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Money and Your College Student

Posted on August 13, 2013
By Nikki Martinez

The boxes are starting to get packed, the clothes are being washed (possibly for the last time until Thanksgiving break), and college classes will be in the very near future for your child. Just like our CEO, Troy, you may be getting ready to send your son or daughter off for their first year at college. With that send-off, there can be a couple of questions and discussions needing to be laid-out before everything college consumes your student. One big talk is finances, and let’s just say this isn’t an easy one for many.

Searching the internet (and using personal experience), here are a few words of wisdom financially that should be passed along. In 4 years, you and your student will be grateful and thankful for sure!

 

Splitting College Costs
Every family is different, but there are some general rules to follow, says Andrew V. Tignanelli, a certified financial planner. “The child needs to be responsible for something substantial. Age 18 is a must time to begin to teach your child that life is full of responsibilities and handling your finances prudently is one of them. Obviously, the child who has been working and prudent in handling their finances in high school is going to need a different set of challenges from the one who has shown little or no financial responsibility. It’s best to begin these lessons slowly at much younger ages, but if that hasn’t happened, then shock therapy may be necessary.” Cutter suggests splitting costs according to categories of expense, such as tuition, room and board or rent, books, fees, and entertainment.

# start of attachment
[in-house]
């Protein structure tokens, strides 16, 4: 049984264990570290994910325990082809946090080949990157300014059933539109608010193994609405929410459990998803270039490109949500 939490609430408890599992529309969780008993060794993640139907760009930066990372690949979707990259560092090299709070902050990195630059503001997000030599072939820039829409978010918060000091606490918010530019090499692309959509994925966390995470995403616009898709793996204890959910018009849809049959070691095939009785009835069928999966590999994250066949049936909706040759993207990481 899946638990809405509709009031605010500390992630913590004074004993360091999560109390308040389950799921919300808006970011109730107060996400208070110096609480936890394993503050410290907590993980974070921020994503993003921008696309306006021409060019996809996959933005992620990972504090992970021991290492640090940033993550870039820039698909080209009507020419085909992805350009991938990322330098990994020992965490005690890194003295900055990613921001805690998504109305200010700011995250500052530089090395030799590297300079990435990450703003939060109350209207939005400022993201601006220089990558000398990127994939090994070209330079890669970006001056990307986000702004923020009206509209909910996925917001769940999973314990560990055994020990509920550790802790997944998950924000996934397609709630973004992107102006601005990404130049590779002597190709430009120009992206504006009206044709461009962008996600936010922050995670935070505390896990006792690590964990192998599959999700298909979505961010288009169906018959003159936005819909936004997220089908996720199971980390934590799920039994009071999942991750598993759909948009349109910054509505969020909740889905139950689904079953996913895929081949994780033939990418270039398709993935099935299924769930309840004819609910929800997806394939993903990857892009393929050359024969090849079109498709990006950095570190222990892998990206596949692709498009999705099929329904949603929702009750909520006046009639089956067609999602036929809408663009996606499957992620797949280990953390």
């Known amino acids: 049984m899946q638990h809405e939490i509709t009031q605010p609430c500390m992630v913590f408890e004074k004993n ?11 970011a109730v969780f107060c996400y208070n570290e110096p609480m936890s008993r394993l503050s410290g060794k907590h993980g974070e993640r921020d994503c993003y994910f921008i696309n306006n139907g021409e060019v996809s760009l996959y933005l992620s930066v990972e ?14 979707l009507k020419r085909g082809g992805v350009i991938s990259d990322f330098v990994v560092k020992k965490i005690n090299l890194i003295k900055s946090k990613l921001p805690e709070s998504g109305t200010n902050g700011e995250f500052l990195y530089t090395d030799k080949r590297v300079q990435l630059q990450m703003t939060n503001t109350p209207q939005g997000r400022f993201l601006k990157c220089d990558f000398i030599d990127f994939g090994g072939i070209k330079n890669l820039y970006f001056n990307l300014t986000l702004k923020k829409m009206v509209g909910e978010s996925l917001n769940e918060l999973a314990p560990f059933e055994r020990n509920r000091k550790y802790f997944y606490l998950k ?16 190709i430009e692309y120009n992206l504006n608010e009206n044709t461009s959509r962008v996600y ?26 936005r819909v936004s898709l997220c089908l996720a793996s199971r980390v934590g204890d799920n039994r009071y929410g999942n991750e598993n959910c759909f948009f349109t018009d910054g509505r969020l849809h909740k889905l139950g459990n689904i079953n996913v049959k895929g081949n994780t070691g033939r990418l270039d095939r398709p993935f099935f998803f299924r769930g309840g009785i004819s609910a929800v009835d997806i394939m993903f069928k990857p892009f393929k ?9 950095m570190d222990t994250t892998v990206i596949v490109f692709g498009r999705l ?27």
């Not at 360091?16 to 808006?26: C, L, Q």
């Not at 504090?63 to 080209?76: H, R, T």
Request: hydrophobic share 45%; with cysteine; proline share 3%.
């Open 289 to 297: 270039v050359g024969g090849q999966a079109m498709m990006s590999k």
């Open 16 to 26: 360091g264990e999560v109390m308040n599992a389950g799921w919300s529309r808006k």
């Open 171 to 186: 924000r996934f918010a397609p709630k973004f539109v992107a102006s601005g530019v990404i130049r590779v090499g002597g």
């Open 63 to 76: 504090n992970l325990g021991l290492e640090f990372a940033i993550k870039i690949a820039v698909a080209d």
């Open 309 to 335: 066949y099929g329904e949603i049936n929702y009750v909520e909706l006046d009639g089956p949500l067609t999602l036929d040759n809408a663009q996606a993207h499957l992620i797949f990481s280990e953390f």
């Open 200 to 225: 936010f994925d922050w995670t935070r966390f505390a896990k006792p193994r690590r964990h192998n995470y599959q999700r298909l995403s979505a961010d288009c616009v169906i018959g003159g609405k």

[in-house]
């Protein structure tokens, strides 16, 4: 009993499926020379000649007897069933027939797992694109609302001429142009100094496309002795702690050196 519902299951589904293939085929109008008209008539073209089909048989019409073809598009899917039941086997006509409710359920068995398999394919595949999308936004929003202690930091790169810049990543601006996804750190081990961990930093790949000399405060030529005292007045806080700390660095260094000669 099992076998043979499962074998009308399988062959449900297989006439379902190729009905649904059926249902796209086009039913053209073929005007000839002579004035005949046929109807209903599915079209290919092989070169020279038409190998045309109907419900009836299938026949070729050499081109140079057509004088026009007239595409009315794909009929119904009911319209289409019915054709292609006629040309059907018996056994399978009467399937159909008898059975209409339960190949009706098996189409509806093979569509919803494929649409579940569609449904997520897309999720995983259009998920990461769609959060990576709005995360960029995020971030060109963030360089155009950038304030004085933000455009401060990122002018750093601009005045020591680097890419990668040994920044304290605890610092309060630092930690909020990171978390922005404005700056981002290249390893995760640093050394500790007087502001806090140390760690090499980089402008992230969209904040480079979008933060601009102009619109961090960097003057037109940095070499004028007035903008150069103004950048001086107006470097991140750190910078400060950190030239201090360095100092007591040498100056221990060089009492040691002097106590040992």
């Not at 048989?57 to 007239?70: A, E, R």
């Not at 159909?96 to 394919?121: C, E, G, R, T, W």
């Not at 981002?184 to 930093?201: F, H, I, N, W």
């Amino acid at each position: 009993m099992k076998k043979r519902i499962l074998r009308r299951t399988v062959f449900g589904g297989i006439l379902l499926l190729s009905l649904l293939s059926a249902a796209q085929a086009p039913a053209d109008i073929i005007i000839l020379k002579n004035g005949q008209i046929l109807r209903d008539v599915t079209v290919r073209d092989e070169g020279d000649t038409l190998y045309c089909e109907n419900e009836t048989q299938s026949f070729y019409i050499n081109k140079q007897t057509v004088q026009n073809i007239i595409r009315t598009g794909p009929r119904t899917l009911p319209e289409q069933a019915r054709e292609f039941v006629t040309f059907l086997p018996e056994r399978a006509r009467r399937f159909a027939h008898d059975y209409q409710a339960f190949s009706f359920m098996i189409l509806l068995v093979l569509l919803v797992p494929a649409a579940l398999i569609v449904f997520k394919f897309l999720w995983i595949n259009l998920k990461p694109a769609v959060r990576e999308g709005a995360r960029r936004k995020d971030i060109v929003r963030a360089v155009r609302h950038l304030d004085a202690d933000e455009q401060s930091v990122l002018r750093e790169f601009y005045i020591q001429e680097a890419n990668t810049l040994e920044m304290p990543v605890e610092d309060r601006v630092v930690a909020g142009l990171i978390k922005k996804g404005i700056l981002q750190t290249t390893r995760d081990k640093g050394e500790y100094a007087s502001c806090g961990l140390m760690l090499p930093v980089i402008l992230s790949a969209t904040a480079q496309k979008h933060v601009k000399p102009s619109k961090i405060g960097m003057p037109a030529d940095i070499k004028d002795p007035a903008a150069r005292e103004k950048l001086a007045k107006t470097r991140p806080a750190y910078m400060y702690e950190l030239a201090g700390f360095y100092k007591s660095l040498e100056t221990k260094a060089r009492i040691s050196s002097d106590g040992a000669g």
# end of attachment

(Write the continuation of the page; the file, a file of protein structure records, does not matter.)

Working While in College
If you expect your student to contribute financially to college, you’ll need to discuss the possibility of working during the academic semester. “You don’t want your kid to have to earn so much that they fail academically or are miserable during college.” On the other hand, a highly disciplined kid who worked throughout high school and still got good grades might be OK working 10 hours or so a week during college, unlike a student who needs to put in more time and effort to succeed academically.

 

Avoid a Credit Card AT ALL Costs

The first time I held a credit card in my name was when I was almost 22 and had my first job far from home and in a lot of snow. And even then, I only used it when I had car trouble that I didn’t have the money for right then and there. Credit card companies tend to line-up around campuses, promising a free pizza or a newspaper subscription “just by signing-up” for a “free” credit card. This is a scam bigger than the letters from some Prince of Africa who has $1 Million to give you. Make sure your child knows to stay away from any thought of owning a credit card—if there is any financial trouble, mom and dad are a phone call away to help work it out.

 

If You Can Help It, Don’t Eat Out.

Meal plans, Ramen, and cereal are there for a reason. For one blogger, he writes: “I remember time after time, friends asking me to go eat out at restaurants.  And I remember time after time saying ‘No thanks!’  I’m sure some thought I was being rude, but I had a goal (of saving money) and a silly thing like eating out was not going to stop me!  I packed brown bag lunches and brought snacks from home as many times as I could.”

 

Be One with Bargain Shopping If You Go Shopping

My freshman year, I remember a friend of mine decided that “a good deal” at certain stores was getting a pair of jeans down from $200 to $150! And her basic, solid color shirts, were “a steal” when she got each one from $45 to $25. This is NOT a deal, a steal, or smart in any realm. Make friends with local thrift stores, Goodwill’s, Garage sales, and Ross if you feel the itch to buy anything really.

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